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Radioactivity

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Radioactivity
• Radiation:
– stream of particles/waves
• Radioactive Materials:
– material that emit penetrating/dangerous
radiation
– radiation comes from nucleus of atom
Discovery of Radioactivity
• Becquerel (1896)
– blackening of photographic plate in a
drawer with uranium salt
• Today
– Placing a radioactive source over sealed
film (fig.27.1a)
– Shadow of key: radiation can penetrate
through plastic but not metal
Ionizing Effect
• Nuclear radiation ionizes gas molecules as
they move along
• Positive and negative ions are produced n
their path of the radiation
• Radiations with high charge and lower
speed produce more ions
Detecting Radiation
•
•
•
•
Photographic Plate
Diffusion Cloud Chamber
Spark Counter
Geiger-Muller Tube
Detector: Photographic Plate
• Radiation causes blackening of
photographic plate
• Level of blackening indicates the level of
radiation
• Radiation worker wears a film badge to
check their exposure to radiation
Detector: Cloud Chamber
• Cold chamber filled with alcohol vapour
• Radiation cause alcohol vapour to
condenses
• The condensed droplet shows white tracks
in the cloud chamber
• More ionization, thicker track
Detector: Spark Counter
• High voltage set up between gauze and wire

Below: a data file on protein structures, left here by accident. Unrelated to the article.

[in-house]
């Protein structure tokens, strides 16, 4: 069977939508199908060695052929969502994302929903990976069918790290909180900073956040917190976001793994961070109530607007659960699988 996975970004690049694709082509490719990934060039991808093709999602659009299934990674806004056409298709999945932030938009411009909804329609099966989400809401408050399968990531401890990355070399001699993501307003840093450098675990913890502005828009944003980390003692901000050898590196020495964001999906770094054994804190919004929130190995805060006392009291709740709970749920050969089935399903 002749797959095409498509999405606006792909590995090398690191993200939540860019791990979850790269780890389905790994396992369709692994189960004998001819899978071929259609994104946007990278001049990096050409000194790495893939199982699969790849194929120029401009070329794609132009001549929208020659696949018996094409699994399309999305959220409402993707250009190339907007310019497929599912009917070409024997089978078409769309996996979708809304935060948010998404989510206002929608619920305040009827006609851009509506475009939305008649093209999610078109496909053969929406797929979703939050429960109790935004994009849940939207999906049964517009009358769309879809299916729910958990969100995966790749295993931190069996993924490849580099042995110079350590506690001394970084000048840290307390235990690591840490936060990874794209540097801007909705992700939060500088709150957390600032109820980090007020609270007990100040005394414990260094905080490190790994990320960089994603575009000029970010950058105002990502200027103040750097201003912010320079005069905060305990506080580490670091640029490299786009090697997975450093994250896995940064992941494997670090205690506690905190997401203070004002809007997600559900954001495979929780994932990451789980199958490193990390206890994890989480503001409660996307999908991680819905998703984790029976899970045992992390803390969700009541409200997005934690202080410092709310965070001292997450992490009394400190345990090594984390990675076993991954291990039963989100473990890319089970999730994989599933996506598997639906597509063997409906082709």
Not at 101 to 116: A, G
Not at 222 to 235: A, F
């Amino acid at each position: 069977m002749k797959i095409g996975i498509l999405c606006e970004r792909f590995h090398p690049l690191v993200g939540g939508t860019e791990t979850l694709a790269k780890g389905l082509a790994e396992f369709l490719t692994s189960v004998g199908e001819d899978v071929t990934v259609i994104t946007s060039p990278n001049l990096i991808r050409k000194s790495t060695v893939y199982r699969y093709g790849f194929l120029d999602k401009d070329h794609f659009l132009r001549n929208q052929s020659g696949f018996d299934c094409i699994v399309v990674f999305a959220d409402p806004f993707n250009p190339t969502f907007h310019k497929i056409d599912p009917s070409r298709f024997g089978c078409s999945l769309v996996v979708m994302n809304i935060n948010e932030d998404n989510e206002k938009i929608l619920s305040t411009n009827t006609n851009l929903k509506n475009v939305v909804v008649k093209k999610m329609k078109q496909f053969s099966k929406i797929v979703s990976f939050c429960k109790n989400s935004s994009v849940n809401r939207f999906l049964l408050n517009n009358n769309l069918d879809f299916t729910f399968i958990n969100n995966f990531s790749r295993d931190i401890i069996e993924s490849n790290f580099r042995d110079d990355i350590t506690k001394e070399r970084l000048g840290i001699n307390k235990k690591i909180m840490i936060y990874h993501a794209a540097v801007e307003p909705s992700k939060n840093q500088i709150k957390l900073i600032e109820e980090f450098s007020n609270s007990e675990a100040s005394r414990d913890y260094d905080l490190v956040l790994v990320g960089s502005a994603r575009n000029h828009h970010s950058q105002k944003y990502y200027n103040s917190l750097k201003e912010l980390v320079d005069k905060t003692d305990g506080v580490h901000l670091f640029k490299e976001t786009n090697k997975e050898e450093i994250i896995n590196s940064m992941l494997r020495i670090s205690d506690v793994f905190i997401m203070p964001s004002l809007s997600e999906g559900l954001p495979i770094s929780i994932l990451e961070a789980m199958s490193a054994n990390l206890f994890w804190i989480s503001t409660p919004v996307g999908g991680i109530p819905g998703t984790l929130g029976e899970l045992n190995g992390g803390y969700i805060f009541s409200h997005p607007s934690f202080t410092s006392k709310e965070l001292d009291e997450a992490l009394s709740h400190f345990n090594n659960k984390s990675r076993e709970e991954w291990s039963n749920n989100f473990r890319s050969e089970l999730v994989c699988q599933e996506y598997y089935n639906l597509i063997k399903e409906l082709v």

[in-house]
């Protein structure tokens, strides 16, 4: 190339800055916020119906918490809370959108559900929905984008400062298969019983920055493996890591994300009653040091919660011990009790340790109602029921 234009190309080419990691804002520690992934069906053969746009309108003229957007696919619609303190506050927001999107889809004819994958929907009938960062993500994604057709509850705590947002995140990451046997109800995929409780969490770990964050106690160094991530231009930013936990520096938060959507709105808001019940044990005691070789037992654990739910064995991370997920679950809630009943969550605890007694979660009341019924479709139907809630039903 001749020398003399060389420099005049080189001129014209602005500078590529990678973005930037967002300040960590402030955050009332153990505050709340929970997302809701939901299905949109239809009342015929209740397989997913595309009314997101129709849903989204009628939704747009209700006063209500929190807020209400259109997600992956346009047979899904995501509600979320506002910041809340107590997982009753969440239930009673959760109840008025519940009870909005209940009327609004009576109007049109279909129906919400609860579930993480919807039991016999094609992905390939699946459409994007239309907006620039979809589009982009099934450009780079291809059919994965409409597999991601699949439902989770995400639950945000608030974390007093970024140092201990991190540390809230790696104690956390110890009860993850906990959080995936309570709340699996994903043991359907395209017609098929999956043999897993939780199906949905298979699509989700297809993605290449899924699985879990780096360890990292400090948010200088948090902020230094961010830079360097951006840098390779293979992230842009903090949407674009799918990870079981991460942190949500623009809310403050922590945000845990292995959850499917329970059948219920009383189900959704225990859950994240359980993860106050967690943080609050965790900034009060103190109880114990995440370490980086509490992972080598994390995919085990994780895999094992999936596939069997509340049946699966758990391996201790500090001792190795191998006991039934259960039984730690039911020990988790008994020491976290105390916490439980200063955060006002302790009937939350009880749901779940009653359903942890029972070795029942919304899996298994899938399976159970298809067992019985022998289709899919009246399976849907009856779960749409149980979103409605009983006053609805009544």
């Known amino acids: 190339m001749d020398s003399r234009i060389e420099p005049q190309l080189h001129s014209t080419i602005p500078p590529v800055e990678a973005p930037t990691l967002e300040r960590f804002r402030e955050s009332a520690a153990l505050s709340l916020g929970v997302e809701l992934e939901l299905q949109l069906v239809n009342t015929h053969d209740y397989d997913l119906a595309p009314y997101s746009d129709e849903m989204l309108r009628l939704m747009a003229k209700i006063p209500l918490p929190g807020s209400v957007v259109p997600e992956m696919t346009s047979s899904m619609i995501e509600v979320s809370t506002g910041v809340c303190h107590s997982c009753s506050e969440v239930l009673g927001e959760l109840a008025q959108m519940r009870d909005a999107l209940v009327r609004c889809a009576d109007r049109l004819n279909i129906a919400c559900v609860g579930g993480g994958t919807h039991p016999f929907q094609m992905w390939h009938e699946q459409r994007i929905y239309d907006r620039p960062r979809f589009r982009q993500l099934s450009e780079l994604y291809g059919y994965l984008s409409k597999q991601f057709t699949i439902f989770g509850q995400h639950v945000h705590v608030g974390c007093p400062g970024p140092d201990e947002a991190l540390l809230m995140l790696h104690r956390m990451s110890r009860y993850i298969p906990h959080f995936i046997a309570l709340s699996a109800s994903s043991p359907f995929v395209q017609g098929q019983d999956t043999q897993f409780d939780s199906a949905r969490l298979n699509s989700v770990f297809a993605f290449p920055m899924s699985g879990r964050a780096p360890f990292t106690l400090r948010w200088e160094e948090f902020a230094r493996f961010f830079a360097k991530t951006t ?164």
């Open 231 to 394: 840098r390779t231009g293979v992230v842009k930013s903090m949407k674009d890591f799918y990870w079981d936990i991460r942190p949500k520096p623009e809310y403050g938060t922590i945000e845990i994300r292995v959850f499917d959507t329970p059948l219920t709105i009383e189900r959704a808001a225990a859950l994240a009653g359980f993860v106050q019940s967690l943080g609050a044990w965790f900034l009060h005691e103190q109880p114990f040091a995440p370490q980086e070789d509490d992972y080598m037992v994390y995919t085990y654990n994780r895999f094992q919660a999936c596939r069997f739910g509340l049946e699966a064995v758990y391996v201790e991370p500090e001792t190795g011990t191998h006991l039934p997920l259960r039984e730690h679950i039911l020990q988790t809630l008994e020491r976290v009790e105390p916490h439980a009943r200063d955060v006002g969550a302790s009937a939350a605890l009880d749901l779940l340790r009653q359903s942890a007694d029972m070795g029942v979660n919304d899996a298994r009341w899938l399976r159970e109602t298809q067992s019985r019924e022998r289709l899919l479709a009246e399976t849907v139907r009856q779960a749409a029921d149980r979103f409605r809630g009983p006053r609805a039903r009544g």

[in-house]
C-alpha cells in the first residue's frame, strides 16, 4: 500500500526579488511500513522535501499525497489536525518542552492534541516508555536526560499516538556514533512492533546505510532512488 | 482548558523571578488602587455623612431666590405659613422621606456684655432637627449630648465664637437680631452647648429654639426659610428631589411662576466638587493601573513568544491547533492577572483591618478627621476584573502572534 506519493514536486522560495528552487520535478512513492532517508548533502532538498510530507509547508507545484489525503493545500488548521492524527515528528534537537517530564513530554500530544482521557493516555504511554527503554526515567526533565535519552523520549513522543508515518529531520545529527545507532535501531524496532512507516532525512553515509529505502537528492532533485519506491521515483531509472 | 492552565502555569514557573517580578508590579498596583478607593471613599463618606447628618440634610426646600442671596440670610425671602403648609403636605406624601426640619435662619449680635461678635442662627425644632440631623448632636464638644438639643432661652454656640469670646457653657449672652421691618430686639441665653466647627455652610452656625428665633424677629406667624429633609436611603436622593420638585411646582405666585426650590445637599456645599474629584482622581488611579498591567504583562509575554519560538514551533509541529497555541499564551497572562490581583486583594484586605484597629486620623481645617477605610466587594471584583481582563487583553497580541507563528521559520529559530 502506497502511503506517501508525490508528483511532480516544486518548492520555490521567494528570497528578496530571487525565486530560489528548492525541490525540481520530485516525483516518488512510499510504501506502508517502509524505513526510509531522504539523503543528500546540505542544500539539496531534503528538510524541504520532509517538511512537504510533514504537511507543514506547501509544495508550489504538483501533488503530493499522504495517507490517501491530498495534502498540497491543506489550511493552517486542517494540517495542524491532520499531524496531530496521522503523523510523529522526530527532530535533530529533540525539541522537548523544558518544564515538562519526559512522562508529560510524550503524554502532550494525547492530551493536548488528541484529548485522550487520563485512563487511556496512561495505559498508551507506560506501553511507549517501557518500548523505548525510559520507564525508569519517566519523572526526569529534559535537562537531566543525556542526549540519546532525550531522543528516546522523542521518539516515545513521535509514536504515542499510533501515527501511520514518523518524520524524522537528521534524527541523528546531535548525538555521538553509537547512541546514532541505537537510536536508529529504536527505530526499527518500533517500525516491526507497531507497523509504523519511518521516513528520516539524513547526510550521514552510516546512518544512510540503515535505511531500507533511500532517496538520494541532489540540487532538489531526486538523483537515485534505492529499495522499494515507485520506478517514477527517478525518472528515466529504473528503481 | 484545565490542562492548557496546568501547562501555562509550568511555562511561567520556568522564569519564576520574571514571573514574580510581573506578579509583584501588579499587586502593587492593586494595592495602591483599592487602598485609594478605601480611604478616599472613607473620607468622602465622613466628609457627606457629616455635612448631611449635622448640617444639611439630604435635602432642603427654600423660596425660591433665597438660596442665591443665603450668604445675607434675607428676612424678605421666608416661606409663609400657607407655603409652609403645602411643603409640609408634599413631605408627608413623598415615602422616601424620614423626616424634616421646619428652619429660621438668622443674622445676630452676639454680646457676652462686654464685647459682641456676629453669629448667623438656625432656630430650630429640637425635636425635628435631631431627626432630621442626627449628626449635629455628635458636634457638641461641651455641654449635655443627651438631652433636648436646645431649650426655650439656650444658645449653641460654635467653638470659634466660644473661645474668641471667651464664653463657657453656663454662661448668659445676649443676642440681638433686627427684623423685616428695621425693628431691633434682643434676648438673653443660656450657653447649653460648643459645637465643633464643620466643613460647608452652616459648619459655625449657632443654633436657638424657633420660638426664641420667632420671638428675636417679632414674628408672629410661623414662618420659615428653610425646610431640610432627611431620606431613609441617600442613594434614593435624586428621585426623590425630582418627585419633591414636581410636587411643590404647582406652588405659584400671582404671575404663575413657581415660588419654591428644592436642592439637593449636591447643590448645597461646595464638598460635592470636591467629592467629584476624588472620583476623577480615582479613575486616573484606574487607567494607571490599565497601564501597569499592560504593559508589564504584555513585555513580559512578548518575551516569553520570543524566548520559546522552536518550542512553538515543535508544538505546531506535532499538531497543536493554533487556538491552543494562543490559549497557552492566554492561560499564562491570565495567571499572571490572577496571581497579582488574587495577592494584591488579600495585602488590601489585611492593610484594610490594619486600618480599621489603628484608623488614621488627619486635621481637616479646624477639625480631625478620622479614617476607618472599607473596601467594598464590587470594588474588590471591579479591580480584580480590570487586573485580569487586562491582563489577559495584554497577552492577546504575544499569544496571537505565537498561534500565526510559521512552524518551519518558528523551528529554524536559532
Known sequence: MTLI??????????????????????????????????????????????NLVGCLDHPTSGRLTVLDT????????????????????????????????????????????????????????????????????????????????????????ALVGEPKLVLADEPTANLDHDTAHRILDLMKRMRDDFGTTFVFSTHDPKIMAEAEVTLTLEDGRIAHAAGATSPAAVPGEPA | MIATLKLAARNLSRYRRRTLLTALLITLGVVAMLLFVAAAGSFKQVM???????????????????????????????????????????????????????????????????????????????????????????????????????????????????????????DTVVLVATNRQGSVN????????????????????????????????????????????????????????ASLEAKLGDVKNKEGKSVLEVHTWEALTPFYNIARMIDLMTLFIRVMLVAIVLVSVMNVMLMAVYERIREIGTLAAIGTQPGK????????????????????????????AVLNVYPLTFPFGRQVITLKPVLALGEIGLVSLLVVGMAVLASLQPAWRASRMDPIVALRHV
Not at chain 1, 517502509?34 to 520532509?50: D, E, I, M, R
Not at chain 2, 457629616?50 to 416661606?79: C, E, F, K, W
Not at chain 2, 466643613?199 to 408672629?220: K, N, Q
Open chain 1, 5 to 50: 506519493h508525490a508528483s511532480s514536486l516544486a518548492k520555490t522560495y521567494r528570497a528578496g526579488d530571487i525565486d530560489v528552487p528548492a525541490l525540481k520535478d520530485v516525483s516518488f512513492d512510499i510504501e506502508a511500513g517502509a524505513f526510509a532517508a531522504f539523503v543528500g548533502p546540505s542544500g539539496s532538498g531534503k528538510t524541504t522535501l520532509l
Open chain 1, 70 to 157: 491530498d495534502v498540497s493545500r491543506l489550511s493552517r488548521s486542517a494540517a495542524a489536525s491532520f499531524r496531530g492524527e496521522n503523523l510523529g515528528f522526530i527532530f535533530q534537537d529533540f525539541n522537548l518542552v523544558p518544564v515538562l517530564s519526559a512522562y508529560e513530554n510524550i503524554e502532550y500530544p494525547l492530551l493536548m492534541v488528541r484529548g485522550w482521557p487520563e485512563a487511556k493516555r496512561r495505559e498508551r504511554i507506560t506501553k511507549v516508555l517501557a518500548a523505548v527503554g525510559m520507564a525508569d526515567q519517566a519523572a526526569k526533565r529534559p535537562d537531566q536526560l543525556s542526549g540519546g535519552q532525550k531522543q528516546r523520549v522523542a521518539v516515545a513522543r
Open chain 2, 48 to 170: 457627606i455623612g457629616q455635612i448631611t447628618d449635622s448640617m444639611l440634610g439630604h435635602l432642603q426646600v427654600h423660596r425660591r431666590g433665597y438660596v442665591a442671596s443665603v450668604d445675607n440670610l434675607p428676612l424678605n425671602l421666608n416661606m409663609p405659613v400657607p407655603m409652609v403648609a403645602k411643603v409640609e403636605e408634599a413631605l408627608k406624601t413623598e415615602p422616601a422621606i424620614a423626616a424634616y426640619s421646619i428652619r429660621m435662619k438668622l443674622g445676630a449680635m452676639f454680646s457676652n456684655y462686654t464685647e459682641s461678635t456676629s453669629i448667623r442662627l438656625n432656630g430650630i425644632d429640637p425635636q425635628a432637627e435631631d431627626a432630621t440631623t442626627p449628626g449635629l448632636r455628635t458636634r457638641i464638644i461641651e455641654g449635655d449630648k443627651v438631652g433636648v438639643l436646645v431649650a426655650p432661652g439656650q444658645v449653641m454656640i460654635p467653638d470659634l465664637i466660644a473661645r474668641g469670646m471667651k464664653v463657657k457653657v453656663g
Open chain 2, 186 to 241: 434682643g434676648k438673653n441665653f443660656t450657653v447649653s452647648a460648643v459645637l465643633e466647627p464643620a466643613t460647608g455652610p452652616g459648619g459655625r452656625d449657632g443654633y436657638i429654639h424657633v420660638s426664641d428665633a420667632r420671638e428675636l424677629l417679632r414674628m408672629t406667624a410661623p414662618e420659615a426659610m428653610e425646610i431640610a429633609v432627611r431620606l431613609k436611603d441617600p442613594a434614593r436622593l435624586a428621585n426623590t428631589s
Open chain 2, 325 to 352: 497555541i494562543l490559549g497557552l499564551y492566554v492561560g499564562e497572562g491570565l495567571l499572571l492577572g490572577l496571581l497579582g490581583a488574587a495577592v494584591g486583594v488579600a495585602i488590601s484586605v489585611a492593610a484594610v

• Radiation can produce sparks between the
wire and the gauze
• More radiation will produce more sparks
Detector: GM-Counter
• A GM-tube can detect every radiation
comes in
• A counter/ratemeter records the total
number of radiation
• GM-Tube + Counter/ratemeter
= GM-Counter
Three Types of Radiation
• Alpha ()
– helium nucleus : 2 proton+ 2 neutron
– charge = +2, heavy
• Beta ()
– fast moving electron
– charge = -2, light
• Gamma ()
– short wavelength electromagnetic wave
– no charge, wavelength 10-12m
Ionizing Ability
• Alpha ()
– strong ( big charge, slow)
• Beta ()
– weak ( small charge, fast)
• Gamma ()
– very weak ( no charge)
Penetrating Power
• Alpha ()
– weak ( big charge, slow)
– stopped by a sheet of paper
• Beta ()
– weak ( small charge, fast)
– stopped by 5mm Aluminium
• Gamma ()
– very weak ( no charge)
– never fully absorbed, 25mm lead absorb half
Deflection in Magnetic field
• Alpha ()
– few deflection ( heavy)
• Beta ()
– large deflection ( light)
• Gamma ()
– no deflection ( no charge)
Track in Cloud Chamber
• Alpha ()
– straight thick track ( big charge, heavy)
• Beta ()
– thin twisted track
–  small charge, mass: bounce off on collision
• Gamma ()
– very weak track
–  no charge, they sometimes ionize air
molecules
Radiation Hazard
•
•
•
•
Destroy or damage living cells
lead to cancer
Genetic effect (e.g. abnormal fetus)
Outside body: gamma ray is most
dangerous (пЃ‘high penetrating power)
• Inside body: alpha ray is most dangerous
(пЃ‘high ionizing power)
Safety Precaution
•
•
•
•
•
•
Use sealed, weak source in school
store in lead container in remoted area
handle source with forceps
never point the source to human
keep the source at arm’s length
warn others by a warning sign
Background Radiation
• There are small amount a radiation everywhere.
• Sources of Background radiation:
– cosmic ray
– radioactive materials in rock, soil, food, ...
– radioactive gas
– medical diagnosis
– other: nuclear bomb, nuclear reactors, nuclear
waste…..
Radiation dose
•
•
•
•
Effective dose is measured in Sv
< 0.1 Sv : no health effect
0.1 to 2 Sv : cancer
> 10 Sv : fatal
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